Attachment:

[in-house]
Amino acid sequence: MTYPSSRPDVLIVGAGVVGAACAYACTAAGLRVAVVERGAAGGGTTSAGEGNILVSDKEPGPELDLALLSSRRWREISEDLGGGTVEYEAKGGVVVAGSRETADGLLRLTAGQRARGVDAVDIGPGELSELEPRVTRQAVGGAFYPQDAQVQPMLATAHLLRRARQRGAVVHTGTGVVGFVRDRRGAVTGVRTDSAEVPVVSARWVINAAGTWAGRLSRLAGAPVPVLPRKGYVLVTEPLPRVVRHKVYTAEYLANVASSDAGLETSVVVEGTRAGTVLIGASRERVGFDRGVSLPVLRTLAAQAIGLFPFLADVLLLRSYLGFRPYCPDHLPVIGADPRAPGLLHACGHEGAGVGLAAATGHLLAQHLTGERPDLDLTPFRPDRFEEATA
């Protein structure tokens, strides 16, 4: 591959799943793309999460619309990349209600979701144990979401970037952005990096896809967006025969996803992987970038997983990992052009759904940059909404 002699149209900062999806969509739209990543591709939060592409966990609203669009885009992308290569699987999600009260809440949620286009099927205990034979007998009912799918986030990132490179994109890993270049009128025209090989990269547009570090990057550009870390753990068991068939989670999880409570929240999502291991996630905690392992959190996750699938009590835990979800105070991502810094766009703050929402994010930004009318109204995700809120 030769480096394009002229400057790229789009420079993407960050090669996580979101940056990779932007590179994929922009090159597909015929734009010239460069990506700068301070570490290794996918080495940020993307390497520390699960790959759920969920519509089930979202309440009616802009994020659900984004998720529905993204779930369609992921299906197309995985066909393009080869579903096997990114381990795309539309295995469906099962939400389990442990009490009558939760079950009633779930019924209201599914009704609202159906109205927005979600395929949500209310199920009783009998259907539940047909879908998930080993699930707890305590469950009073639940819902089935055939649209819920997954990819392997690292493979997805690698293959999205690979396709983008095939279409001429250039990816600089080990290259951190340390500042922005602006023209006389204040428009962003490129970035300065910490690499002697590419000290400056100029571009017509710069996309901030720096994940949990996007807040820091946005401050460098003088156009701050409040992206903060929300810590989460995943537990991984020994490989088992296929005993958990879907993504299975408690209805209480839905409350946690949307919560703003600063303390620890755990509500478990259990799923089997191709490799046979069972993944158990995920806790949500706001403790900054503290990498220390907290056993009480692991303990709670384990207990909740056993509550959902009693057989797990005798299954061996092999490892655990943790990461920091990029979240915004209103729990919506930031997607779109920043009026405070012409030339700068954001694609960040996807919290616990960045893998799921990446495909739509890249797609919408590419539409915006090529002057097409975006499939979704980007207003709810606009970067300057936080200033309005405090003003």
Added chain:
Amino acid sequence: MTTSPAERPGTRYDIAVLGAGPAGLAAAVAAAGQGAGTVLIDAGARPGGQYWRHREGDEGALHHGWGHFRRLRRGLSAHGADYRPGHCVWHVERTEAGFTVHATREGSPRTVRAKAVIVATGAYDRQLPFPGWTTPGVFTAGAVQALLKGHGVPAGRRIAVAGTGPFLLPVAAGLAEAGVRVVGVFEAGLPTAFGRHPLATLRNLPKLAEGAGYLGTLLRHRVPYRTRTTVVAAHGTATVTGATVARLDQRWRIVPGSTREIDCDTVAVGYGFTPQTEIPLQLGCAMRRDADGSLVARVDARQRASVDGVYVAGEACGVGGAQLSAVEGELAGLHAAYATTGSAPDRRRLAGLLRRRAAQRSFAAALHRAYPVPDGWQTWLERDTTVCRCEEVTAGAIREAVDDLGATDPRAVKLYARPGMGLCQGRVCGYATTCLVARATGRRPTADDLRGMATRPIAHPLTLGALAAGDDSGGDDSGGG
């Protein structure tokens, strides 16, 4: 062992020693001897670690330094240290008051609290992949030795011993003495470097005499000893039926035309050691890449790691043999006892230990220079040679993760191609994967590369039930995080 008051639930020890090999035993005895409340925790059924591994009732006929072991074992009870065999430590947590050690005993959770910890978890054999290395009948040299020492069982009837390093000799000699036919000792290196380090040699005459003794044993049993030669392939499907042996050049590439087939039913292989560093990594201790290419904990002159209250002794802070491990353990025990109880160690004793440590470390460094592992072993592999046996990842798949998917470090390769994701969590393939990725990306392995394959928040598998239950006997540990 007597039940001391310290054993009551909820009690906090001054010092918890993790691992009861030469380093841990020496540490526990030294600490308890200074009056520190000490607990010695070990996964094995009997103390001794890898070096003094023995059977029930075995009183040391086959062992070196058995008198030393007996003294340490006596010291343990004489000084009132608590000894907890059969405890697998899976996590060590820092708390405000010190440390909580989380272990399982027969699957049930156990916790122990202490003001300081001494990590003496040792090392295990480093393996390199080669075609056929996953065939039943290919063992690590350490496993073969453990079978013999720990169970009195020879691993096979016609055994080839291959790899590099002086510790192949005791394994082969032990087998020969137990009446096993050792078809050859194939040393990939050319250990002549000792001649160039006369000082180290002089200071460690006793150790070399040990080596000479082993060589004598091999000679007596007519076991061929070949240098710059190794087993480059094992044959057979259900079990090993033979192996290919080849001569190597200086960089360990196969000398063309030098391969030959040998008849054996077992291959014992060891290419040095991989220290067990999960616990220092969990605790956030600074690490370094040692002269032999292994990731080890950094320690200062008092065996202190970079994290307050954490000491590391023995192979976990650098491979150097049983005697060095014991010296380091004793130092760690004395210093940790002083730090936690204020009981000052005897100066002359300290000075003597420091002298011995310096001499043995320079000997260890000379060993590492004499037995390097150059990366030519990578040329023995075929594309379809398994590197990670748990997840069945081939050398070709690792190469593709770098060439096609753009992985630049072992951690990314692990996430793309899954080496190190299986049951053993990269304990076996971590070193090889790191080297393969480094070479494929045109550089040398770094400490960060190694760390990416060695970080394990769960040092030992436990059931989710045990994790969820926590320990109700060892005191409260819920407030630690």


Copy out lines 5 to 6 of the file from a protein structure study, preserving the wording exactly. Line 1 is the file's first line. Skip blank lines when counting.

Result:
Amino acid sequence: MTTSPAERPGTRYDIAVLGAGPAGLAAAVAAAGQGAGTVLIDAGARPGGQYWRHREGDEGALHHGWGHFRRLRRGLSAHGADYRPGHCVWHVERTEAGFTVHATREGSPRTVRAKAVIVATGAYDRQLPFPGWTTPGVFTAGAVQALLKGHGVPAGRRIAVAGTGPFLLPVAAGLAEAGVRVVGVFEAGLPTAFGRHPLATLRNLPKLAEGAGYLGTLLRHRVPYRTRTTVVAAHGTATVTGATVARLDQRWRIVPGSTREIDCDTVAVGYGFTPQTEIPLQLGCAMRRDADGSLVARVDARQRASVDGVYVAGEACGVGGAQLSAVEGELAGLHAAYATTGSAPDRRRLAGLLRRRAAQRSFAAALHRAYPVPDGWQTWLERDTTVCRCEEVTAGAIREAVDDLGATDPRAVKLYARPGMGLCQGRVCGYATTCLVARATGRRPTADDLRGMATRPIAHPLTLGALAAGDDSGGDDSGGG
């Protein structure tokens, strides 16, 4: 062992020693001897670690330094240290008051609290992949030795011993003495470097005499000893039926035309050691890449790691043999006892230990220079040679993760191609994967590369039930995080 008051639930020890090999035993005895409340925790059924591994009732006929072991074992009870065999430590947590050690005993959770910890978890054999290395009948040299020492069982009837390093000799000699036919000792290196380090040699005459003794044993049993030669392939499907042996050049590439087939039913292989560093990594201790290419904990002159209250002794802070491990353990025990109880160690004793440590470390460094592992072993592999046996990842798949998917470090390769994701969590393939990725990306392995394959928040598998239950006997540990 007597039940001391310290054993009551909820009690906090001054010092918890993790691992009861030469380093841990020496540490526990030294600490308890200074009056520190000490607990010695070990996964094995009997103390001794890898070096003094023995059977029930075995009183040391086959062992070196058995008198030393007996003294340490006596010291343990004489000084009132608590000894907890059969405890697998899976996590060590820092708390405000010190440390909580989380272990399982027969699957049930156990916790122990202490003001300081001494990590003496040792090392295990480093393996390199080669075609056929996953065939039943290919063992690590350490496993073969453990079978013999720990169970009195020879691993096979016609055994080839291959790899590099002086510790192949005791394994082969032990087998020969137990009446096993050792078809050859194939040393990939050319250990002549000792001649160039006369000082180290002089200071460690006793150790070399040990080596000479082993060589004598091999000679007596007519076991061929070949240098710059190794087993480059094992044959057979259900079990090993033979192996290919080849001569190597200086960089360990196969000398063309030098391969030959040998008849054996077992291959014992060891290419040095991989220290067990999960616990220092969990605790956030600074690490370094040692002269032999292994990731080890950094320690200062008092065996202190970079994290307050954490000491590391023995192979976990650098491979150097049983005697060095014991010296380091004793130092760690004395210093940790002083730090936690204020009981000052005897100066002359300290000075003597420091002298011995310096001499043995320079000997260890000379060993590492004499037995390097150059990366030519990578040329023995075929594309379809398994590197990670748990997840069945081939050398070709690792190469593709770098060439096609753009992985630049072992951690990314692990996430793309899954080496190190299986049951053993990269304990076996971590070193090889790191080297393969480094070479494929045109550089040398770094400490960060190694760390990416060695970080394990769960040092030992436990059931989710045990994790969820926590320990109700060892005191409260819920407030630690």